Collection Statute Expiration Date

Can the IRS collect on your old tax debt?

While it may seem like it, the IRS does NOT in fact have an unlimited time to collect tax debt from you — and the IRS has little or no interest in telling you this. The IRS does not have the legal authority to collect tax debt that is more than ten years old. This is useful information for any tax debt outstanding for more than 10 years, or about to be that old; and useful to think about if you are going to structure a payment plan for tax debt to be paid off over a period of years.

The key date to calcuate is the “Collection Statute Expiration Date” for the various elements of your tax debt. If you owe back taxes for a number of years, you have to figure this out separately for each year’s tax liability, and the interest and penalties that relate to each year’s tax debt. The starting point for each year’s tax debt is when the tax was for certain assessed. This could be when you filed that year’s tax return. If you didn’t file a tax return, it would be whenever the IRS assessed your tax for that year with a tax return they file on your behalf called a “Substitute for Return” (SFR). Another possibility is that you were assessed additional tax if you were audited. Basically, once the IRS has a number they can point to, and have told you about, the collection statute clock starts for that increment of tax debt. For each year, the IRS Statute of Limitations expires on the last day of the tenth year.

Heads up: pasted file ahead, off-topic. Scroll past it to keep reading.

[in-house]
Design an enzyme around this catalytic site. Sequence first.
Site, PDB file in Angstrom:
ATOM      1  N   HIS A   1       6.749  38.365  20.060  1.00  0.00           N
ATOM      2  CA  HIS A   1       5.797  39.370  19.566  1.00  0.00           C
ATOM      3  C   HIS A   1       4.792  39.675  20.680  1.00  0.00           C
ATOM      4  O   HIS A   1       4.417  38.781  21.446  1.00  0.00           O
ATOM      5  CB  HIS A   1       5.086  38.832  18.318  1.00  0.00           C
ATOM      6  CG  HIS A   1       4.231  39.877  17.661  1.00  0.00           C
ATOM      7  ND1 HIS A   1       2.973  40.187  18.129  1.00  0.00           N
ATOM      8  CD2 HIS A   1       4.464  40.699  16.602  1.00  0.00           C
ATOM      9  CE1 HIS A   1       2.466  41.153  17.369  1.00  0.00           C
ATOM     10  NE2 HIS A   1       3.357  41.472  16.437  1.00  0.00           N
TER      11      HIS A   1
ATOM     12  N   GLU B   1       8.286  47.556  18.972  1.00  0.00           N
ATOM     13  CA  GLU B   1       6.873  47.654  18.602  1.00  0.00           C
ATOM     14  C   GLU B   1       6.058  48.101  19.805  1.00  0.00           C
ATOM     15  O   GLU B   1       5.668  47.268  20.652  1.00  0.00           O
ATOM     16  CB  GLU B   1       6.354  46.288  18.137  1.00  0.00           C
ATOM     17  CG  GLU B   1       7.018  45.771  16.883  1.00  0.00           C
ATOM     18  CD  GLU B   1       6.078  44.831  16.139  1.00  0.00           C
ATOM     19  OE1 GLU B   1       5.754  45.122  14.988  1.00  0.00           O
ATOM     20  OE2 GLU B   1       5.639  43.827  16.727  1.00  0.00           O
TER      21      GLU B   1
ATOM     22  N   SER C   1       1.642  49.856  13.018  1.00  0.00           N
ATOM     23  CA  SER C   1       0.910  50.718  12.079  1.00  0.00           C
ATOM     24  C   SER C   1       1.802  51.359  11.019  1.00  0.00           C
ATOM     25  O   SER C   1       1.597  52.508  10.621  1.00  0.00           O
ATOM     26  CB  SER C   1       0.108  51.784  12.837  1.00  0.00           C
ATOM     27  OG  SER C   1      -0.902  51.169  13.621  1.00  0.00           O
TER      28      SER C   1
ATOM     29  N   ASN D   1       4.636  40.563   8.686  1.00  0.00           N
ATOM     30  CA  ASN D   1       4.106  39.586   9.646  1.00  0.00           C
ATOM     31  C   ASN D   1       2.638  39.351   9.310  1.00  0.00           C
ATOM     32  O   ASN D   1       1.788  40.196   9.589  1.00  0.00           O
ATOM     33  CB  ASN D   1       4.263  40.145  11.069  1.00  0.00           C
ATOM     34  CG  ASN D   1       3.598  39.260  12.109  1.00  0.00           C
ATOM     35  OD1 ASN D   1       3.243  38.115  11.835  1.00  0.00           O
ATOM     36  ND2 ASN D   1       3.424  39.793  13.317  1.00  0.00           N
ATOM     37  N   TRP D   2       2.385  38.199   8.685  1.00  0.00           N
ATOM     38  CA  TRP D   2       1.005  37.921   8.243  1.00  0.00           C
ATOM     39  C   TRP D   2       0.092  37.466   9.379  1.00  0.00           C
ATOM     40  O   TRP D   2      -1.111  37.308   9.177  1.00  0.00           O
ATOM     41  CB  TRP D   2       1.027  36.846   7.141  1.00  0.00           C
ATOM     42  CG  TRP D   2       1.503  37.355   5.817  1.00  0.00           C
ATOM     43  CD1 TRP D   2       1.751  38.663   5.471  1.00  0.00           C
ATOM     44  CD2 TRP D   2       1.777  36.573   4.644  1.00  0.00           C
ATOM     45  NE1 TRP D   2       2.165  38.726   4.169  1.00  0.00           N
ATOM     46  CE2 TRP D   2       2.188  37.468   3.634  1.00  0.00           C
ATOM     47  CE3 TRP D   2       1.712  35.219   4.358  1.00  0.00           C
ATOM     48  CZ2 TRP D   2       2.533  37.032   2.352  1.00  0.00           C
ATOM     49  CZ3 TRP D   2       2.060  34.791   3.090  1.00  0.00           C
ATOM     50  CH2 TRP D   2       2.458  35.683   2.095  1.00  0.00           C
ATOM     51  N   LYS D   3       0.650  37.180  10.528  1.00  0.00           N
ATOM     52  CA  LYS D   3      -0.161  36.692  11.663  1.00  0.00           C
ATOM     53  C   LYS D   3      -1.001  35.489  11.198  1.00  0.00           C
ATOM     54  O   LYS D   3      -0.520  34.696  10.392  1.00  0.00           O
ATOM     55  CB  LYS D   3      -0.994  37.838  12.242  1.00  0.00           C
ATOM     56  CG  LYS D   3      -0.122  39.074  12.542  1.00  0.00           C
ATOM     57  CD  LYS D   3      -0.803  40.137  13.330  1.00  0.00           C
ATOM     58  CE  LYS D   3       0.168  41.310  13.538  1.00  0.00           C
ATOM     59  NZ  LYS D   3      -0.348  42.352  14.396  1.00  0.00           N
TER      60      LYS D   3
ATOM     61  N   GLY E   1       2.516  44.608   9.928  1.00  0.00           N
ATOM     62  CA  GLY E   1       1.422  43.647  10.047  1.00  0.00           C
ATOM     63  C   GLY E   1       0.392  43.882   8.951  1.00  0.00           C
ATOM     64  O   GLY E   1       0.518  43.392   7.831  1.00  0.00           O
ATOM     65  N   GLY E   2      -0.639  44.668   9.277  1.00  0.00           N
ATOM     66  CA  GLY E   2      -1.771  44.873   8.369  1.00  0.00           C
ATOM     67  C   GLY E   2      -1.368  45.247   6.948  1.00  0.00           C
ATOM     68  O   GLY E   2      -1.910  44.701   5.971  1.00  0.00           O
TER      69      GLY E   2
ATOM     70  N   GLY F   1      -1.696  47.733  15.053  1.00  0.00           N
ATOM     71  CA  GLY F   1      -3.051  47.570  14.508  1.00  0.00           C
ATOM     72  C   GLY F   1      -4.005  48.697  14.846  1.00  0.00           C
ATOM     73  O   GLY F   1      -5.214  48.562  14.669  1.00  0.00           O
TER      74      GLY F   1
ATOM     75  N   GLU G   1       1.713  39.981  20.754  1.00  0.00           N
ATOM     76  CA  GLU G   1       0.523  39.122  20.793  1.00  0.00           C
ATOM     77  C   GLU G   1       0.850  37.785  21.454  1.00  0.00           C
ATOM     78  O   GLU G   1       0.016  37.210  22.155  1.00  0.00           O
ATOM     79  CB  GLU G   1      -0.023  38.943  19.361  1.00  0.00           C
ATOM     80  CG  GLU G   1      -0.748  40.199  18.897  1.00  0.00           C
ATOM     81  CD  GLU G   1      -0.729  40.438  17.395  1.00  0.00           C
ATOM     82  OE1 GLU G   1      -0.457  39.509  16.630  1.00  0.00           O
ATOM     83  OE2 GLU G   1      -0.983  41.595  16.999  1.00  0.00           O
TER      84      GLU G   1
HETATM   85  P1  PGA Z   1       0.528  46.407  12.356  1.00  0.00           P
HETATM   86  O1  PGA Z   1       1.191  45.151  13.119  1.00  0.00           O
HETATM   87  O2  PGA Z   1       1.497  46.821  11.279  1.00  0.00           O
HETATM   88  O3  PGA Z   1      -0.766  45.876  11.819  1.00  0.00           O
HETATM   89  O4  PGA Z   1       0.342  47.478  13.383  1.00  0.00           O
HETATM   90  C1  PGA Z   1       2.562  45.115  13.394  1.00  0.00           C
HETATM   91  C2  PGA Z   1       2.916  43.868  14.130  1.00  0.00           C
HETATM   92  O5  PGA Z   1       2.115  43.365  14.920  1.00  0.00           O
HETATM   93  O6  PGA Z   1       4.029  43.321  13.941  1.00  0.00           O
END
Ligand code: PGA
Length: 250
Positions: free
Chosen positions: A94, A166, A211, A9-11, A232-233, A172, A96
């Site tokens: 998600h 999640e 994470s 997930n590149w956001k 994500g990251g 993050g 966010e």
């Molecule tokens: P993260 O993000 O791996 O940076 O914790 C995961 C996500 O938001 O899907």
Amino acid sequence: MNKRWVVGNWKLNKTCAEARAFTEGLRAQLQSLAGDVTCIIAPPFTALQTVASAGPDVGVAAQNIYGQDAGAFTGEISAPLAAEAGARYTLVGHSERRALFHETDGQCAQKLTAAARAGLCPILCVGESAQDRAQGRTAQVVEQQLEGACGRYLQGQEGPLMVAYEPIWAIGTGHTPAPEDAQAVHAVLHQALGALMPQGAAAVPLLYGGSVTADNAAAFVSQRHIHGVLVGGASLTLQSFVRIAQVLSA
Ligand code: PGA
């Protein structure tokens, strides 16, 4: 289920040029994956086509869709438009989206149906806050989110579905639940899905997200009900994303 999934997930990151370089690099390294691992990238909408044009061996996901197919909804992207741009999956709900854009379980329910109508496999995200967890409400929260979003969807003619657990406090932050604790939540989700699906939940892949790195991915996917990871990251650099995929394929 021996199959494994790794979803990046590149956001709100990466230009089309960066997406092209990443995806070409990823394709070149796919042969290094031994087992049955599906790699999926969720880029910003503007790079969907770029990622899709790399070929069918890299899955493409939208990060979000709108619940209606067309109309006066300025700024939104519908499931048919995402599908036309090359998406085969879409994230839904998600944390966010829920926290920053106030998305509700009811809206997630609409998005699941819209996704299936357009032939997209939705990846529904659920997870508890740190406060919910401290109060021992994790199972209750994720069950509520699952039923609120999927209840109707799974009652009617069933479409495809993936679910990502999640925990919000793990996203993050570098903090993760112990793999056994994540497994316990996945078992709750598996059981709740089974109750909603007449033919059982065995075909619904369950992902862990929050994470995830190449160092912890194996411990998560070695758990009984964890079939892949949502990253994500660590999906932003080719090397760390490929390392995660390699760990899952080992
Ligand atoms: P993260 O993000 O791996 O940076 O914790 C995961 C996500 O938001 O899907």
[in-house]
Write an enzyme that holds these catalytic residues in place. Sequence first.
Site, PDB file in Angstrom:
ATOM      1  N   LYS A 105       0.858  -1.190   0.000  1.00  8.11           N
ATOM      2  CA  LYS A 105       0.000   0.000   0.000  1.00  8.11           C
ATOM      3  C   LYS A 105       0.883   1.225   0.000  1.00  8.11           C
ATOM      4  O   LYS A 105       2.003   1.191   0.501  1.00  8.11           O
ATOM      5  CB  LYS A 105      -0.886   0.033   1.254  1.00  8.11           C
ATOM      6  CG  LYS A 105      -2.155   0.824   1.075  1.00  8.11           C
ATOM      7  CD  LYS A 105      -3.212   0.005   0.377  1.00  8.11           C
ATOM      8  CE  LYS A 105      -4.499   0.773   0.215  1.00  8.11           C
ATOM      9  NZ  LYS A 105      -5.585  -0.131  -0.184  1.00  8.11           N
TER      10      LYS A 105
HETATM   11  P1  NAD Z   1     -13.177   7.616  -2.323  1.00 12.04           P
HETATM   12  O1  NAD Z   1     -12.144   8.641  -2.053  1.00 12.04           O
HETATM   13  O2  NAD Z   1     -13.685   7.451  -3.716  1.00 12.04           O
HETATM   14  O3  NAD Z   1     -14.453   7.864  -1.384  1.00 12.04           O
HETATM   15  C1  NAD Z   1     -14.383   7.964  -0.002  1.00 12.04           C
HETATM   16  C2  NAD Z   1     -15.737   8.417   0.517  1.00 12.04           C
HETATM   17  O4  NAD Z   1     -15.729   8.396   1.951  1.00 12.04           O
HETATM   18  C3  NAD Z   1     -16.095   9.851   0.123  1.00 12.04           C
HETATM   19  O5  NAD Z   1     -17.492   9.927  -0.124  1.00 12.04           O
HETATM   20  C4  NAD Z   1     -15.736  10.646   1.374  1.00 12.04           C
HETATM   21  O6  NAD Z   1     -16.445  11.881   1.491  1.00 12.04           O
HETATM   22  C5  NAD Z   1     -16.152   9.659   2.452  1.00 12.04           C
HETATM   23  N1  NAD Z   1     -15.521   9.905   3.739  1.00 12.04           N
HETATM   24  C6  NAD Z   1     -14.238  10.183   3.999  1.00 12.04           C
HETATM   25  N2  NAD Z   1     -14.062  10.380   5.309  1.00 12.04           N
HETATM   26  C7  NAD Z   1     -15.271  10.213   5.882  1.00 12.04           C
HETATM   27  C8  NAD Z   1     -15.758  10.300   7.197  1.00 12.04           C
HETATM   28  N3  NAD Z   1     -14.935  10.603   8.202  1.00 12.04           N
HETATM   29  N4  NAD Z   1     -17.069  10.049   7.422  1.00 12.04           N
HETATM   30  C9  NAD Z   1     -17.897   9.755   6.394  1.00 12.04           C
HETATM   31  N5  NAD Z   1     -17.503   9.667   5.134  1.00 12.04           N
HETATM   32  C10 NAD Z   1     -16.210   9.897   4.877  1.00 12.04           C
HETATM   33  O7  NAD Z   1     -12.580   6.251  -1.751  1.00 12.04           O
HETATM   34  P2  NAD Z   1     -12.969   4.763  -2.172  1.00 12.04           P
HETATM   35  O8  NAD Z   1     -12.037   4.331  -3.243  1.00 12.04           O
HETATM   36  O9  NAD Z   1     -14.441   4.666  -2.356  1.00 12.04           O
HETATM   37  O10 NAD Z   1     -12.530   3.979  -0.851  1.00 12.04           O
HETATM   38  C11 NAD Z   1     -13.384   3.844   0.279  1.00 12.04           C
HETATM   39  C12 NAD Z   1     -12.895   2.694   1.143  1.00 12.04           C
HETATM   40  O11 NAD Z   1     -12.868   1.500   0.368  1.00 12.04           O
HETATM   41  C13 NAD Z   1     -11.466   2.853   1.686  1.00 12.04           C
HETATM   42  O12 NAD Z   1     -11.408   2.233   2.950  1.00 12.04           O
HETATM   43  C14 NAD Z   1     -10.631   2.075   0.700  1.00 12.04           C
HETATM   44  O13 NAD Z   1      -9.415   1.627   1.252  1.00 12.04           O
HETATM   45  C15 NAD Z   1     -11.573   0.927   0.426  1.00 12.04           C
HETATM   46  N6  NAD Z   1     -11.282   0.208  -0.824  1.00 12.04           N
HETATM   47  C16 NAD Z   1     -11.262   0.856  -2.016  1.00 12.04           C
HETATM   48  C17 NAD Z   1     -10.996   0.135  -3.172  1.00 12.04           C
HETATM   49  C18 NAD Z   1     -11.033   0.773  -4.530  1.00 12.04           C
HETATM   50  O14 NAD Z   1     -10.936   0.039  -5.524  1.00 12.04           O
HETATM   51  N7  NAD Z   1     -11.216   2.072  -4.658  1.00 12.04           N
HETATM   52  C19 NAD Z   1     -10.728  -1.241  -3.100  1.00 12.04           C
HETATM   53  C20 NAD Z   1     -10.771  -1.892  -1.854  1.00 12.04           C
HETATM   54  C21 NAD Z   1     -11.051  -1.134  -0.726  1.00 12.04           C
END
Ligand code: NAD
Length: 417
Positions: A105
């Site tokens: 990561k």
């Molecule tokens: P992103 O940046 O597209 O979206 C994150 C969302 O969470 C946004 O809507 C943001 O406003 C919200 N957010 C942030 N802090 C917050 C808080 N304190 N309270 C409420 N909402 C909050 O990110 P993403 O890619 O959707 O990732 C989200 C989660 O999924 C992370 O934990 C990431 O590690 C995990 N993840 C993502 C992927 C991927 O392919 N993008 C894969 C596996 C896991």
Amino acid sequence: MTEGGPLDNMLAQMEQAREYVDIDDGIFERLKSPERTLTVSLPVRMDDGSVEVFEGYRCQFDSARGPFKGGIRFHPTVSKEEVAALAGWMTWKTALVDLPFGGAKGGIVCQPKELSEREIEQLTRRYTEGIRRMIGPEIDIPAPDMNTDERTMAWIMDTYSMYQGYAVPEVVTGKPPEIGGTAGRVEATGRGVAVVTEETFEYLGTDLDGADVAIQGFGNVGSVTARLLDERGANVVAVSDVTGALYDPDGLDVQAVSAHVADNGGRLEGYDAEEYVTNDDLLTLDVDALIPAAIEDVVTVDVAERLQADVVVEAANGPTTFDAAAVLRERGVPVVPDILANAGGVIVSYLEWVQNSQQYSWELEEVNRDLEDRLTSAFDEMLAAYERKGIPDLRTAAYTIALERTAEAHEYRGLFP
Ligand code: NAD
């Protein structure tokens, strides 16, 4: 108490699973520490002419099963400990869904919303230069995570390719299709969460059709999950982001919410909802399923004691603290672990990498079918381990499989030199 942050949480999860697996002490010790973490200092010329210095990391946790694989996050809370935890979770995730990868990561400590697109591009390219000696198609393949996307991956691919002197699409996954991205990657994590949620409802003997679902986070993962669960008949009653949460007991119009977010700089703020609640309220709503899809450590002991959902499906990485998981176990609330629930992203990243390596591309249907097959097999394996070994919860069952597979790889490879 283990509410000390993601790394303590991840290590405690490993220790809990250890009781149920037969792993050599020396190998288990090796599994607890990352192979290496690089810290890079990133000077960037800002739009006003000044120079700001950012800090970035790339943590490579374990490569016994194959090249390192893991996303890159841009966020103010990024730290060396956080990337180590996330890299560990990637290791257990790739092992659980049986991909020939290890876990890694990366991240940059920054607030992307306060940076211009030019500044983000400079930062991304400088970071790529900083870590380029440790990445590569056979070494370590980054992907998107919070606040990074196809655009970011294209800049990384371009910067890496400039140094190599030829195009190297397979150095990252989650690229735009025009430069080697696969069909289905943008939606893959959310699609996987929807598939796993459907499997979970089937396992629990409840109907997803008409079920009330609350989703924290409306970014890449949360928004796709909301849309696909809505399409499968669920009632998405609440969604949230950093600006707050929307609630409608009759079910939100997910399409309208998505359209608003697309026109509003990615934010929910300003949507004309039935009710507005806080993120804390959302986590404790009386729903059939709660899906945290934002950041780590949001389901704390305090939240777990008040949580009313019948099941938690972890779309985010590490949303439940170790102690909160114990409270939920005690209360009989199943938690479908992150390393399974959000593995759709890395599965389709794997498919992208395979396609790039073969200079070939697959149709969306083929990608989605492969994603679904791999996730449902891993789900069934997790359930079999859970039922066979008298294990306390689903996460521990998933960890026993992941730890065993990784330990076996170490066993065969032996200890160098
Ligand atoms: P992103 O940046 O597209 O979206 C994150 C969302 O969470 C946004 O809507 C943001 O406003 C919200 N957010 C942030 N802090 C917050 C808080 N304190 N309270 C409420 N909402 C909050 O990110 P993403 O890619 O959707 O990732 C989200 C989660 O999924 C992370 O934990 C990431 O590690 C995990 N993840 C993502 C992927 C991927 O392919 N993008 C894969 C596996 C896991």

BestTaxPro can review your IRS tax account record and transcript to figure all of this out for you, first, so you don’t pay taxes, interest and penalties that are no longer legally collectible, and then to determine a tax resolution strategy for any of your other tax debt based on that information.